In the Presbyterian Church in the United States (Southern Church) similar provisions existed. The provisions for trial by commission are set out in the Book of Church Order (1879 edition): "The Synod and the General Assembly may, with consent of parties, commit any case of trial coming before them on appeal to the judgment of a commission . . ." [63] This was not the original wording of the Southern Church's Book of Church Order. In 1866, a committee established to revise the BCO (the committee consisted of John Adger, Robert Dabney, Thomas Peck, B.M. Smith and E.T. Baird), published their first draft of proposed revisions to the BCO. In this same section dealing with the use of commissions in the trying of cases the reference to the consent of the parties is lacking. This reference is also not found in the 1869 edition of the BCO. Ten years later, however, the requirement that the parties consent to cases, being heard by commissions is part of the BCO. It is not clear whether this change was made to provide a change in polity or to make specific a right of the parties that the entire church had always accepted and now needed to have clearly spelled out. From J.A. Hodge's comment it would appear that the latter was the case. In 1898, when F.P. Ramsay wrote his Exposition of the Form of Church Government, the provision requiring the consent of the parties was still in the Book of Church Order. It occasioned the following comment by Ramsay "Where parties bring a cause to a court for trial, even if it be an appeal, the court, even the General Assembly, may not try it by commission without consent of parties. The principle is here recognized, that the parties have a right to a trial by a full court. May a complaint be tried by commission? Yes, with consent of parties; for if an appeal, much more a complaint. May a Presbytery or a Session try a cause by commission? Yes, with consent of the parties. . . ." [64] Two things of note are seen in Ramsay's comment: 1) His apparent agreement with Thornwell that a commission is the court itself with a smaller quorum since he speaks of trial by the Assembly, Synod, Presbytery or Session as "a trial by a full court" and 2) His understanding that this is a right of the parties, not merely something offered to them out of kind consideration.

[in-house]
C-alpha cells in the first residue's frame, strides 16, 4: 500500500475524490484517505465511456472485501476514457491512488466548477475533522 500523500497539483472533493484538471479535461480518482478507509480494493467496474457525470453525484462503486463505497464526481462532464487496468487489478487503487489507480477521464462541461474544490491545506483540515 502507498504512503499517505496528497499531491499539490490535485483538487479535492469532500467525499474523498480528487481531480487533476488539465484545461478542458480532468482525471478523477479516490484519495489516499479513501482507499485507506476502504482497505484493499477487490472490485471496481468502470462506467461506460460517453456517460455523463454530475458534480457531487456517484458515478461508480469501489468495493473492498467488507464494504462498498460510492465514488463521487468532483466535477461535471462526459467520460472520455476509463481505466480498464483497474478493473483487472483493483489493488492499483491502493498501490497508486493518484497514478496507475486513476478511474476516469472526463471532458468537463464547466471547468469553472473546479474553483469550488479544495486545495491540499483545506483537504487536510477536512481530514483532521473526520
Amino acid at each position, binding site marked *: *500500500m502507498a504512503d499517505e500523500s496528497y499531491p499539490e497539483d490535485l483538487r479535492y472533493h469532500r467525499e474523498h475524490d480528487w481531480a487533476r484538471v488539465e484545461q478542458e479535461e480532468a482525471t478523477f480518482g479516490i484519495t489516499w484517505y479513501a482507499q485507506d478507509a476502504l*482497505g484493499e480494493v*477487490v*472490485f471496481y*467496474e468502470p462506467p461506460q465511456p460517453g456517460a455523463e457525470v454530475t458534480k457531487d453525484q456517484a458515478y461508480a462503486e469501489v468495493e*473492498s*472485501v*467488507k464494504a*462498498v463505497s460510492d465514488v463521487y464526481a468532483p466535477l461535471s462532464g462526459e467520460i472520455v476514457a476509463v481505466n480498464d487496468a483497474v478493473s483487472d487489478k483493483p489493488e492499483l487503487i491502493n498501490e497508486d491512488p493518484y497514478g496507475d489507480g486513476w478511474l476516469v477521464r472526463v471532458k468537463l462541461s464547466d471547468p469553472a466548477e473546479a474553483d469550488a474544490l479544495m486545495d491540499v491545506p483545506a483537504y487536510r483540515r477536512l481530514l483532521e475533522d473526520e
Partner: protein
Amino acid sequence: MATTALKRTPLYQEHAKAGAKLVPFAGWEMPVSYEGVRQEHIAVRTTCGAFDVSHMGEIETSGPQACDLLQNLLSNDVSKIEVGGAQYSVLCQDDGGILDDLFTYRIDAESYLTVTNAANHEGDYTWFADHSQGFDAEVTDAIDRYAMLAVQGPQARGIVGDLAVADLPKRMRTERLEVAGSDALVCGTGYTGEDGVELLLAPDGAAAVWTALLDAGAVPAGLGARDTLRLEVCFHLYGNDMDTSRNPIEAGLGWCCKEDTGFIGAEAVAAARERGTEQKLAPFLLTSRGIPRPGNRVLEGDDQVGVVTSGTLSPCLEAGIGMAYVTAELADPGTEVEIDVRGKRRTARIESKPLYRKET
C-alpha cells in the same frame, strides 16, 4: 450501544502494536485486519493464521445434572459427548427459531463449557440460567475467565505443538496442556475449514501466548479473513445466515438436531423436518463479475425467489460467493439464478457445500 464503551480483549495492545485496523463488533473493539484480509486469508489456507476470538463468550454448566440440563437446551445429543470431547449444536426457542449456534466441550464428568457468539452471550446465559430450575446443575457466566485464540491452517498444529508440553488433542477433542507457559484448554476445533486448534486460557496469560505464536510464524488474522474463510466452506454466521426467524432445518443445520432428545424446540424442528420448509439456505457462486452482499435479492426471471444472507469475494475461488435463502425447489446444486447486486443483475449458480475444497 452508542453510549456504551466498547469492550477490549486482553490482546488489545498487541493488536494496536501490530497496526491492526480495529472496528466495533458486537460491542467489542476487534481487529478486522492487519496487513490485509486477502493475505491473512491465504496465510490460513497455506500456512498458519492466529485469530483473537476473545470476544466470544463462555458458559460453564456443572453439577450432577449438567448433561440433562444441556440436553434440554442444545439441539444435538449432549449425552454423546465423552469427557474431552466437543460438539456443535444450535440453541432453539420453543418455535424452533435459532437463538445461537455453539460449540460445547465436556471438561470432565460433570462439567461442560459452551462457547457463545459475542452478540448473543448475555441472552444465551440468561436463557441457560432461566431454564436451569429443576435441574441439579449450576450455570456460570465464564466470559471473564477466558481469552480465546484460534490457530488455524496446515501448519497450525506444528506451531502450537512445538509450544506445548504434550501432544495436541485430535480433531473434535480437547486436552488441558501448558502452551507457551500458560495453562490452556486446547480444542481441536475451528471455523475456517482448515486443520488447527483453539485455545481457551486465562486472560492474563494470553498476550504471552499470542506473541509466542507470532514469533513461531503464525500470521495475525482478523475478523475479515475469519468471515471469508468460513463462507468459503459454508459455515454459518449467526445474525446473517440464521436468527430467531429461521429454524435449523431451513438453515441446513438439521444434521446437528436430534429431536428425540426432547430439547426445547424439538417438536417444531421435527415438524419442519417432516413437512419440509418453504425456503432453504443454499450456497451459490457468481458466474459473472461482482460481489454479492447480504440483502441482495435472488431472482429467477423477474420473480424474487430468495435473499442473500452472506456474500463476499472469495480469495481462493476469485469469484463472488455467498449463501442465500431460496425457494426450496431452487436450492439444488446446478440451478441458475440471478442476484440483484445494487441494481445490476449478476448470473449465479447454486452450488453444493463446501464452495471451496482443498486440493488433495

Not too many years later, however, this right disappeared from the Form of Government of the Southern Church. In 1913 the BCO was again amended to allow Synods and General Assemblies to commit cases to trial "at their discretion." Following the revision of 1913, chapter V, section VII, sub-section III, then read: "The Synod and the General Assembly may, at their own discretion, commit any case of trial coming before them on appeal, to the judgment of a commission. . . " [65] Now it is no longer the parties that have the right by the court itself; it is "at their own discretion." Research did not uncover the reason for this change. Perhaps the Assembly and Synods had become so large as to make such trials difficult. Perhaps the number of cases coming to these courts and the insistence of many parties to have a trial by the whole court made it impossible to hear all the cases by the full court. Whatever the reason, something seen as a right from the earliest days of the Presbyterian Church on these shores disappeared from the Form of Government in the Southern Church with these amendments.